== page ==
Those in the early stages of Alzheimer’s disease lose their sense of smell in the left nostril more quickly than in the right and peanut butter is the perfect substance with which to detect the problem. That’s thanks to its status as a ‘pure odorant,’ meaning its smell is detected exclusively by our olfactory nerve. Most smells are also detected with our trigeminal nerve, which is responsible for sensation in the face. But it’s the olfactory nerve that’s important in Alzheimer’s research. Degradation in the olfactory center of the brain is one of the first signs of the disease.
The findings could translate into a fast and easy way to detect the initial stages of Alzheimer’s, so that it can be slowed with drugs as early as possible. Read more here.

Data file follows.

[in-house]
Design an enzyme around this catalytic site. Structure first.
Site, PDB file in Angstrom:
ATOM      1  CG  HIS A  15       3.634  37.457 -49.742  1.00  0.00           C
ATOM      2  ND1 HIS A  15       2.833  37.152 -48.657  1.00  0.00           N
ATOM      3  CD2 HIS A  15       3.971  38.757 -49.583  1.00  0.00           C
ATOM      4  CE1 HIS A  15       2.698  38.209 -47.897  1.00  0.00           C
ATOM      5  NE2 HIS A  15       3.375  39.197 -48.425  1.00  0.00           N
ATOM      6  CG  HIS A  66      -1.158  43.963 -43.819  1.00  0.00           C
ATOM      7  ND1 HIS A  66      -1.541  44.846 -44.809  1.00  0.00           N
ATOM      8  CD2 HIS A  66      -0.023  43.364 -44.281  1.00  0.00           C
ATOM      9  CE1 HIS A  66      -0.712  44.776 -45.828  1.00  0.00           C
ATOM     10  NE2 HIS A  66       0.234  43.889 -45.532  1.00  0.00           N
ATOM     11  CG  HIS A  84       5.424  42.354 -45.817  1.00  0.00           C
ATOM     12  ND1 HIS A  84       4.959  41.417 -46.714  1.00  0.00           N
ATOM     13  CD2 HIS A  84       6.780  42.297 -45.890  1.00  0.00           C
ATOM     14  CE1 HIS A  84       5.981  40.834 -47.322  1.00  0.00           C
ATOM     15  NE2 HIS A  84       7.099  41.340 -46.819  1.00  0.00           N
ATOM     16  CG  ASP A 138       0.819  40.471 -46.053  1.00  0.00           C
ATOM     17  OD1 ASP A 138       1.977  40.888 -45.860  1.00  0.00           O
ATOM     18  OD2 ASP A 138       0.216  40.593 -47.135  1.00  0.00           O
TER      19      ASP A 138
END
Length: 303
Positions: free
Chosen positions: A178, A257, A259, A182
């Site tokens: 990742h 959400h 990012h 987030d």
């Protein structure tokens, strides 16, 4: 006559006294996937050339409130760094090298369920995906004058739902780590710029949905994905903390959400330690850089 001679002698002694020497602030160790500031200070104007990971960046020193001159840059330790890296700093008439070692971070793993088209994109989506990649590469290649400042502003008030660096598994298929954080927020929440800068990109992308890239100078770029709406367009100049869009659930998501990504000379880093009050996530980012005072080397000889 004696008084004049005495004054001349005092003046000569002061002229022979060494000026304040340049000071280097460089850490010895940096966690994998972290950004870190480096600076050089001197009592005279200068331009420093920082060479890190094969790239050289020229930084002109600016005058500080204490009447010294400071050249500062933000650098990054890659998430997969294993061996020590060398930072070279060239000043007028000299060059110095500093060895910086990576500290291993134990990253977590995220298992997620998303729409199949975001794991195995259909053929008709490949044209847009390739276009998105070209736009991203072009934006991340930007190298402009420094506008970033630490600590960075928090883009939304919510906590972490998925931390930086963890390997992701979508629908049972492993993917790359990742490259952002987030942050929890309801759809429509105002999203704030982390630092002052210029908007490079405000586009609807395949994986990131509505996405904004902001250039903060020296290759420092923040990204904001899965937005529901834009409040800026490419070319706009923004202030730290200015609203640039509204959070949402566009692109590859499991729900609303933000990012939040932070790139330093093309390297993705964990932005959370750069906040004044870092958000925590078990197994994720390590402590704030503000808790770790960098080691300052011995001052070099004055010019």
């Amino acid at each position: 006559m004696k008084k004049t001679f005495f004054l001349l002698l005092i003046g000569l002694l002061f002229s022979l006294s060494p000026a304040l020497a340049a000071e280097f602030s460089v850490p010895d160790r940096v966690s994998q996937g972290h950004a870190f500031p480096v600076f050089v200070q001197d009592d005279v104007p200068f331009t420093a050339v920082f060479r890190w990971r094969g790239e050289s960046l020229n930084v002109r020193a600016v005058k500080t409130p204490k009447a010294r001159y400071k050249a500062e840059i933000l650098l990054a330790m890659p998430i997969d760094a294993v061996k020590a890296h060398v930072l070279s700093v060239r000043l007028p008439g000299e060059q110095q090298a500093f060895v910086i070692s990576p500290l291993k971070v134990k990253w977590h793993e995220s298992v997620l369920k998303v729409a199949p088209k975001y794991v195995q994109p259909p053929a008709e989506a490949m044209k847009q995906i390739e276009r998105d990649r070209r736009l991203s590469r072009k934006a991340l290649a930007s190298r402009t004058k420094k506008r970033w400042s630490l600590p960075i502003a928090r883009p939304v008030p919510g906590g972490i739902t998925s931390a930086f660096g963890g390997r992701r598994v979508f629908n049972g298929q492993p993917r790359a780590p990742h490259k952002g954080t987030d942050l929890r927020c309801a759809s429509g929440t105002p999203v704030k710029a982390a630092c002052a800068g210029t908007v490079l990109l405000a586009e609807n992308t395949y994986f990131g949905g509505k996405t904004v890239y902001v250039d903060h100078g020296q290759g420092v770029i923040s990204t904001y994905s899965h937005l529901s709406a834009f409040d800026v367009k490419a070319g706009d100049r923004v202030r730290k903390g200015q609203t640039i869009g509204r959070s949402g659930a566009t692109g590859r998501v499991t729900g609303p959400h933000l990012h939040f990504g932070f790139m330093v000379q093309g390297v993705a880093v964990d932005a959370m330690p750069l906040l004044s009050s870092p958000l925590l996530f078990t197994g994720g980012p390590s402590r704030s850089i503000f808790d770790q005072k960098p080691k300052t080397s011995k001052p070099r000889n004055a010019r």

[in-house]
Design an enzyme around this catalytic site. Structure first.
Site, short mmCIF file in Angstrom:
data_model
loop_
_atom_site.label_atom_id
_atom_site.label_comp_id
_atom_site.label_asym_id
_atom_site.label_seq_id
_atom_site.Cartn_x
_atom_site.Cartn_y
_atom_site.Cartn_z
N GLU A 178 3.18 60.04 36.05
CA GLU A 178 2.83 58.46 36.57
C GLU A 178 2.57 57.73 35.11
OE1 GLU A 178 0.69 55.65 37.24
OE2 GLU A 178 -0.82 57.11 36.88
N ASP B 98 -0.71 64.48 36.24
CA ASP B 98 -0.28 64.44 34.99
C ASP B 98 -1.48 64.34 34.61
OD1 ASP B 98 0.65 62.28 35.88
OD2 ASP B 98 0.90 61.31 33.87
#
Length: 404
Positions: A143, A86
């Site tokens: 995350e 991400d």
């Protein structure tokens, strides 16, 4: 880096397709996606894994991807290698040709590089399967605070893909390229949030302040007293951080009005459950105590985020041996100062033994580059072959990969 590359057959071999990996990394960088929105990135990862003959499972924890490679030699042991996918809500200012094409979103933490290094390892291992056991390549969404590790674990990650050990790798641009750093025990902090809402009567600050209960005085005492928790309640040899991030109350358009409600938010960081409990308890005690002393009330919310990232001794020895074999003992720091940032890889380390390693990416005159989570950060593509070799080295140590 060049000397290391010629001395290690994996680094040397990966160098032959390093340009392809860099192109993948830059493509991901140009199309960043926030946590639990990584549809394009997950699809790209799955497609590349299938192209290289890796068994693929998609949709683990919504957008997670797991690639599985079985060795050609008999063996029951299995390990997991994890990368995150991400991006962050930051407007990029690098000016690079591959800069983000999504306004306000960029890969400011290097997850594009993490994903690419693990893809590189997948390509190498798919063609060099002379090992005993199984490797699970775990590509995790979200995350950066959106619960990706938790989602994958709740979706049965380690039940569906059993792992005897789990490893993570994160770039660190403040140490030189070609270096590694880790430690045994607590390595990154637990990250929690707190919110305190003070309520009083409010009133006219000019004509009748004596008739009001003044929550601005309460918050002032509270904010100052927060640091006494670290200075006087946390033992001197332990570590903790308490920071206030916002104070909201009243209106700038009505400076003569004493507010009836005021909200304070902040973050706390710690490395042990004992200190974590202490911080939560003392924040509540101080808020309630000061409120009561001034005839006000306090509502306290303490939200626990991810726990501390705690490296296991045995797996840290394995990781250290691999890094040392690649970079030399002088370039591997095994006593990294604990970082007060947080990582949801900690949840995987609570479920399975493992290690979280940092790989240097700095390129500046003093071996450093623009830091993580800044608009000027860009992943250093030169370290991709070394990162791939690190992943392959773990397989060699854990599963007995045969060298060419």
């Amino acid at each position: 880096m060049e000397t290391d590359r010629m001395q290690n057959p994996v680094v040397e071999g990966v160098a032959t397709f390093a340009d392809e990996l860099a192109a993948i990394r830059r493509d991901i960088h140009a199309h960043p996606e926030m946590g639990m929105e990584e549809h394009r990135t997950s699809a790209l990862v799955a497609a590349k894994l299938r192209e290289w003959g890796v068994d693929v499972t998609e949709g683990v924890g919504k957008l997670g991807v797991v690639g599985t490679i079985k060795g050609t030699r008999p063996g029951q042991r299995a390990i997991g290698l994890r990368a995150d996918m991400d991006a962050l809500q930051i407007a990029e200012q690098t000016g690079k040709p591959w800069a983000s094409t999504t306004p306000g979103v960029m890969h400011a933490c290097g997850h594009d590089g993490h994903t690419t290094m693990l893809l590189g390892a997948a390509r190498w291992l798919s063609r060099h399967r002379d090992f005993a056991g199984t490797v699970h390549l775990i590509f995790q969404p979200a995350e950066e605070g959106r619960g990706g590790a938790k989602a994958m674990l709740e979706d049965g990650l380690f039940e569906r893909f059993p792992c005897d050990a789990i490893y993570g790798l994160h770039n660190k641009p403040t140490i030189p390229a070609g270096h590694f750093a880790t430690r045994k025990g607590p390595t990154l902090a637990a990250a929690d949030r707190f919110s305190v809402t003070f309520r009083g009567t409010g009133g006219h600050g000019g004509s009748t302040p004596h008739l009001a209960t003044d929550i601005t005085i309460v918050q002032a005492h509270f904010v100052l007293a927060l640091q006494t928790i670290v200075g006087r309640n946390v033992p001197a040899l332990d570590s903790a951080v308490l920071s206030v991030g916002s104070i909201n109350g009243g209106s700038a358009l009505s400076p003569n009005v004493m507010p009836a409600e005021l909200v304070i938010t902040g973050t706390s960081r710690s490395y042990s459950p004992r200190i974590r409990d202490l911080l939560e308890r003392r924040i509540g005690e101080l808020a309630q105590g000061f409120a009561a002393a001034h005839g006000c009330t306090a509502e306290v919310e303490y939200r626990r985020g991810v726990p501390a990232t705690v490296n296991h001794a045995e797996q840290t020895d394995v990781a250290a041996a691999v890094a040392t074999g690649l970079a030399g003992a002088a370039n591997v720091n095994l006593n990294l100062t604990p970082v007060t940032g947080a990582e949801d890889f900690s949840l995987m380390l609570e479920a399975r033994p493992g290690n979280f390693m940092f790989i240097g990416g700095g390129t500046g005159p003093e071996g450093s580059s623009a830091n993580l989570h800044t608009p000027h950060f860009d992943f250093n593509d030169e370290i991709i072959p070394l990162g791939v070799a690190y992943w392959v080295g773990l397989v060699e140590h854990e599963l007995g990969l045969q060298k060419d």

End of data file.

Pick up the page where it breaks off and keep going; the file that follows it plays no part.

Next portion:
Although the peanut has a long history, having been found in Peruvian mummy tombs, peanut butter is a relatively young food. In 1890, an enterprising physician, Dr. John Kellogg (of corn flakes fame), created peanut butter as a healthy protein substitute that was easy to digest for patients with no teeth.
Many people dispute the spread's overall healthy effect, although peanut butter contains many beneficial nutrients. One of the main drawbacks is that some of it enters into the bloodstream. The more disturbing news is that some people find peanut butter addictive.
When I was young and physically fit, I indulged in an occasional peanut butter and banana sandwich. Maybe I'd even add honey. I rarely eat the spread nowadays, although sometimes I slip a teaspoon into a bowl of plain Greek-style yogurt and banana for lunch. I guess I haven't lost the memory of a past pleasure.
I think I'll try the sniffing test. How about you?